**Article originally published in the January 2018 edition of Outlook newsletter.

The building known as The Marble Hall, 395 Front Street, is located at the north end of downtown Belleville near Pinnacle Street and is just opposite one of our two famous 1930 concrete double bowstring bridges.

Photo: The Marble Hall, c.1860 standing to the right of the Henderson Building CABHC HC00477

How did I find the history of The Marble Hall? Over the years I have read our microfilmed newspapers and listed articles about “New Construction in Belleville.” The Hastings Chronicle for August 19, 1857, gave me what I needed: “Mr. Thomas J. Higgins has put up a three-storey building on Front Street, directly opposite the upper bridge, and to him belongs the credit of first introducing Marble for building purposes in our town. The coins, window caps and sills throughout are of blue marble variegated with white, the second and third stories are of white. The blue marble is from Madoc, the white from the Troy quarry, Hungerford. It was cut and dressed for the purpose by Mr. P. Salladin; one solid piece of blue marble, forming the door-cap, we are told, weighs 23cwt. The building is 24 ft in front by 64 in depth; the lower storey, 12 ft clear, is intended for a store; the second storey, 14 feet from floor to ceiling, is to be fitted for a Concert Hall; the third storey, 11 ft high, is intended for a Public Hall. Gas pipes are being inserted throughout, and the wood work of the interior is of the most substantial kind. The entire cost of the building is £1500. George Nielson Esq. is the Architect; Mr. John Carscallen, Joiner and Finisher; Mr. John Callaghan, contractor for mason work.”

The previous month, on July 30, 1857, an advertisement had appeared: “To Let – The large first class Merchant Shop, Marble Front, cellar &c attached, opposite the Upper Bridge, so as to command almost the entire grain trade of the town, is now being finished in the latest style, and will be ready for use by the first day of September next. Rent moderate. Apply to the owner, Thos. J. Higgins, Belleville.”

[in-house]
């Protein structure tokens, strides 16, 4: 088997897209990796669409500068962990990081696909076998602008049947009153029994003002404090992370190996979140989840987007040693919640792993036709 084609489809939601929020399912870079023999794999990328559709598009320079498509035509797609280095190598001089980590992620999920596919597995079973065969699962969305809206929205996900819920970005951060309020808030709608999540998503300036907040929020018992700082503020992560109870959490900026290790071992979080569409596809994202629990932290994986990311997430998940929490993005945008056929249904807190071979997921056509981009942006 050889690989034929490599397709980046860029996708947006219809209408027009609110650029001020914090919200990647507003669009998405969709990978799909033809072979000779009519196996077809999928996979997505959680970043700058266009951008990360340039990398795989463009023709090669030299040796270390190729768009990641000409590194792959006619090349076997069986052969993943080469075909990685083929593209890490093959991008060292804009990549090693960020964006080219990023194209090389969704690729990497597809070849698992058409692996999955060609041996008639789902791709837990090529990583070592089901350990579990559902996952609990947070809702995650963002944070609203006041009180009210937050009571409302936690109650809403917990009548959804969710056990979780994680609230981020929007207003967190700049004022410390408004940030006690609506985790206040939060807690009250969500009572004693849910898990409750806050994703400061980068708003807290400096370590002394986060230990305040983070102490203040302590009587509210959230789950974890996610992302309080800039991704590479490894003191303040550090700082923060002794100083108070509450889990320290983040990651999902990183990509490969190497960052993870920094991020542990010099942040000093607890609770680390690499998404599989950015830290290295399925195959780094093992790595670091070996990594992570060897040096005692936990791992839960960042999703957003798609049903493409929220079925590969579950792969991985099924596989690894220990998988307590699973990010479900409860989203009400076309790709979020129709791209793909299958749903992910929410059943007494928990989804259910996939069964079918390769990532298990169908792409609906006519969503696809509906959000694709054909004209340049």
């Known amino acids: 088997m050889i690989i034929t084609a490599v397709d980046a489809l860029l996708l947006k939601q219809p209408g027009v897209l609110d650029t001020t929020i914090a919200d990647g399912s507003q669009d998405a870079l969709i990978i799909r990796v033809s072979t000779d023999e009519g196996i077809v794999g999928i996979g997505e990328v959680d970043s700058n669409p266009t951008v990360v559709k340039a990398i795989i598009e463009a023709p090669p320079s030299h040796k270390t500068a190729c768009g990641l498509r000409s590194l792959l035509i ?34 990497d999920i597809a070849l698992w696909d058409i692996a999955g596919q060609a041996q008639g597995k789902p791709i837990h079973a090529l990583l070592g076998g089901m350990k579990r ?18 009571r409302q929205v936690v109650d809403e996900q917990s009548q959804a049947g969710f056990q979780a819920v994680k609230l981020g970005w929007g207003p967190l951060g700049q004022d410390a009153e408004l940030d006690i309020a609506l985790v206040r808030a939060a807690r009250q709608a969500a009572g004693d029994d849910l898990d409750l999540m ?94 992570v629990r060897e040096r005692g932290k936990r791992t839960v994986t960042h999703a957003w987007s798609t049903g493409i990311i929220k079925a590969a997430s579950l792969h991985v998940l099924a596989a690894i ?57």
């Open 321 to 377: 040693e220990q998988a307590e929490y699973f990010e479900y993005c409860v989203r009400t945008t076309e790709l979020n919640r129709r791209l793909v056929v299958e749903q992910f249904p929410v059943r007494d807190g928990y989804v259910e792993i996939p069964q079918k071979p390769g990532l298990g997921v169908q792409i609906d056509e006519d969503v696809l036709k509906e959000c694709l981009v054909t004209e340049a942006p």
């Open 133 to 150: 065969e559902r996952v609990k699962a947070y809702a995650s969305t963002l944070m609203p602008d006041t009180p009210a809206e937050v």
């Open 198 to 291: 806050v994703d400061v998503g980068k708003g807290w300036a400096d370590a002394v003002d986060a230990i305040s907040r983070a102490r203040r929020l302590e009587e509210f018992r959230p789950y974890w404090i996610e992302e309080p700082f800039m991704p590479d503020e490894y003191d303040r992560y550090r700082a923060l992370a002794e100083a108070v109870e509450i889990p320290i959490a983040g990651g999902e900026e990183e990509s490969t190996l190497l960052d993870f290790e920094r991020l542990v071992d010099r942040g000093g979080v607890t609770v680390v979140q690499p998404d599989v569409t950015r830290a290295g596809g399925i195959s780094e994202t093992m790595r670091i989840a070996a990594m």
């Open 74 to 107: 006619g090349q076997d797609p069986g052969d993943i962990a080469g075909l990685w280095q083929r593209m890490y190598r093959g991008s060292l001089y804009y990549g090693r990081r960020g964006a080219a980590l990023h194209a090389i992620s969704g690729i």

Who was this Thomas J. Higgins? He had purchased the lot in 1854 and at the same time he also purchased a brick house on George Street. In September 1855 he advertised: “Daguerreotypes – Front Street.” In August 1857, a notice appeared in The Intelligencer: “A meeting of the Sidney, Rawdon & Victoria Road Co. at my office for the purpose of leasing toll gates, Thomas J. Higgins, sec’t.” Finally, the assessment roll for Ketcheson ward, Belleville, lists T J Higgins as a marble dealer. What better advertising could he have had than cladding the front of a building with marble? In 1860, he sold all of his real estate to Ezra William Holton and seems to have left town.

Our Archivist Amanda Hill provided further information. Thomas J Higgins was born in July 1827 in Hallowell, Prince Edward County, according to the 1851 census of Sidney Township, where his family had moved by then. His father was Bennet Higgins and his mother was Hannah, possibly Hannah Morgan, according to Ancestry family tree. Another family tree suggests that Higgins married Phoebe Sheriff in Belleville in 1854 and the couple moved to California by 1862 where he worked as a real estate broker and where they had three children. Thomas died in San Diego in 1907. Phoebe died in 1915.

The Marble Hall was occupied by various merchants over the years. In 1862, it was the Furniture Warehouse & Manufactory of T & D Cherry. One of the longest tenures was that of the Snell family in their butcher shop from 1870 to the end of the century. Penny readings under the patronage of the Good Templars of the Town were conducted on the upper floors in 1867, and the building housed a cigar factory in later years.

Today, the 160-year-old Marble Hall is the home of Thomas Estevez Design where unique jewelry and art may be purchased.

Photo: Butcher Edmund Snell, c.1870 with family and friends in front of his store on Christmas Day CABHC HC0251